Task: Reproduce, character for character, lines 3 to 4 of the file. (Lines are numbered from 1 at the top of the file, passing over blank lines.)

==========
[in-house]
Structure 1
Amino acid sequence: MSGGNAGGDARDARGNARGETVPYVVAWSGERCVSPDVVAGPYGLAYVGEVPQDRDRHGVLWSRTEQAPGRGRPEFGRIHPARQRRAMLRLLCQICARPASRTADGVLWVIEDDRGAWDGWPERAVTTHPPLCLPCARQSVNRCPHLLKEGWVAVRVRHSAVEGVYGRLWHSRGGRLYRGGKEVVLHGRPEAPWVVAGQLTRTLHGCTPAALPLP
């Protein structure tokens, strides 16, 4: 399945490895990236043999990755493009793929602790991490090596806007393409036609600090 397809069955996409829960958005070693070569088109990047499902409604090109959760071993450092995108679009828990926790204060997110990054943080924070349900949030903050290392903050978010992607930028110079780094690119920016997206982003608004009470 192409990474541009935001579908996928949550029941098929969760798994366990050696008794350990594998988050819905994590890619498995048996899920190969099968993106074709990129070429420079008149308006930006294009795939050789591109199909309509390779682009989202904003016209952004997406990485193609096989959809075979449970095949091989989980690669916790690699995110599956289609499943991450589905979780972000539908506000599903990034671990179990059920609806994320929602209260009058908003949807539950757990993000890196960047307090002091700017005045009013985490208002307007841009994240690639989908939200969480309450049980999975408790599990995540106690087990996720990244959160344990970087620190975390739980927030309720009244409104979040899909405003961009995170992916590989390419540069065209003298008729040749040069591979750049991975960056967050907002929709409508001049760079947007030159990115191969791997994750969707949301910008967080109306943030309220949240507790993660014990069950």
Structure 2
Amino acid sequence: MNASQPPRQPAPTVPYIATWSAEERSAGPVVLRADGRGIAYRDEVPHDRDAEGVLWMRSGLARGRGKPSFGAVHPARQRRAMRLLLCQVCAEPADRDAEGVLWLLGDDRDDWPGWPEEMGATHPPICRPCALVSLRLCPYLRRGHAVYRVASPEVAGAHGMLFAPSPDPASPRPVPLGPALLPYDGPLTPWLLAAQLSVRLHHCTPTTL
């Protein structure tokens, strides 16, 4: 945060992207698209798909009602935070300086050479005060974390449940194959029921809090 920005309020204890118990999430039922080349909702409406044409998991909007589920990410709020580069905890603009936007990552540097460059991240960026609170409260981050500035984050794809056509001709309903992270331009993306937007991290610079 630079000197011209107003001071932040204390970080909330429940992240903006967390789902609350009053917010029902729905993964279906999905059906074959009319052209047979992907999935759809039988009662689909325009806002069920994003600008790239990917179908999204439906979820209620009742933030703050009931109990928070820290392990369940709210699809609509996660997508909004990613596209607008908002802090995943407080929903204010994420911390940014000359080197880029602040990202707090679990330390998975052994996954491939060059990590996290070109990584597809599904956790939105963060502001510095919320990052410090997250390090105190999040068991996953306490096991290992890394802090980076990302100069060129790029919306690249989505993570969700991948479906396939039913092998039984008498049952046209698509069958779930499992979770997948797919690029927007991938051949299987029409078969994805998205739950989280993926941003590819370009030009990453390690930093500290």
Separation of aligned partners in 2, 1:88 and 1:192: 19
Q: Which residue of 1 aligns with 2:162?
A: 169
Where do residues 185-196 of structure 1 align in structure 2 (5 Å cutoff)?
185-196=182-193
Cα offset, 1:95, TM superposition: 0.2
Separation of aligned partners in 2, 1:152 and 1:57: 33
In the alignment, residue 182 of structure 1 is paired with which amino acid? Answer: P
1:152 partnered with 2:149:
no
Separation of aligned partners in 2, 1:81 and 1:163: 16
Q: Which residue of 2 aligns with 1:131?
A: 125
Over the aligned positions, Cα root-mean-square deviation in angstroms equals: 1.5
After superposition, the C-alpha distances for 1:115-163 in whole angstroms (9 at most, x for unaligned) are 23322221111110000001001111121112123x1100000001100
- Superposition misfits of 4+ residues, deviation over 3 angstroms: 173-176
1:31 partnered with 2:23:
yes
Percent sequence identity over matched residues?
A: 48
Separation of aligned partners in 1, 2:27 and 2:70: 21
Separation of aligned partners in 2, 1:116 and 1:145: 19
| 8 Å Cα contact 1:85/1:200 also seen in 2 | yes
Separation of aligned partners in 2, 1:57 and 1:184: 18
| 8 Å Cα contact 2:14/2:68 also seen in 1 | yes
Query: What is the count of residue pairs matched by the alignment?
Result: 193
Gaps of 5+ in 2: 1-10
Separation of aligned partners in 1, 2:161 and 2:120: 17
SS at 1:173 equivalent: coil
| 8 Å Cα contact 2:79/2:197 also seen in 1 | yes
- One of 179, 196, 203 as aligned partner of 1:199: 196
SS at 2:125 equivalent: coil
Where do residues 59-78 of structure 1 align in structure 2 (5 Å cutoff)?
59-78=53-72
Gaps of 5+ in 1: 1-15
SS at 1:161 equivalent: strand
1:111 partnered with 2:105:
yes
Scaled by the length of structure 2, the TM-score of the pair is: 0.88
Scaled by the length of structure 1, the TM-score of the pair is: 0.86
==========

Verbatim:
Amino acid sequence: MSGGNAGGDARDARGNARGETVPYVVAWSGERCVSPDVVAGPYGLAYVGEVPQDRDRHGVLWSRTEQAPGRGRPEFGRIHPARQRRAMLRLLCQICARPASRTADGVLWVIEDDRGAWDGWPERAVTTHPPLCLPCARQSVNRCPHLLKEGWVAVRVRHSAVEGVYGRLWHSRGGRLYRGGKEVVLHGRPEAPWVVAGQLTRTLHGCTPAALPLP
């Protein structure tokens, strides 16, 4: 399945490895990236043999990755493009793929602790991490090596806007393409036609600090 397809069955996409829960958005070693070569088109990047499902409604090109959760071993450092995108679009828990926790204060997110990054943080924070349900949030903050290392903050978010992607930028110079780094690119920016997206982003608004009470 192409990474541009935001579908996928949550029941098929969760798994366990050696008794350990594998988050819905994590890619498995048996899920190969099968993106074709990129070429420079008149308006930006294009795939050789591109199909309509390779682009989202904003016209952004997406990485193609096989959809075979449970095949091989989980690669916790690699995110599956289609499943991450589905979780972000539908506000599903990034671990179990059920609806994320929602209260009058908003949807539950757990993000890196960047307090002091700017005045009013985490208002307007841009994240690639989908939200969480309450049980999975408790599990995540106690087990996720990244959160344990970087620190975390739980927030309720009244409104979040899909405003961009995170992916590989390419540069065209003298008729040749040069591979750049991975960056967050907002929709409508001049760079947007030159990115191969791997994750969707949301910008967080109306943030309220949240507790993660014990069950």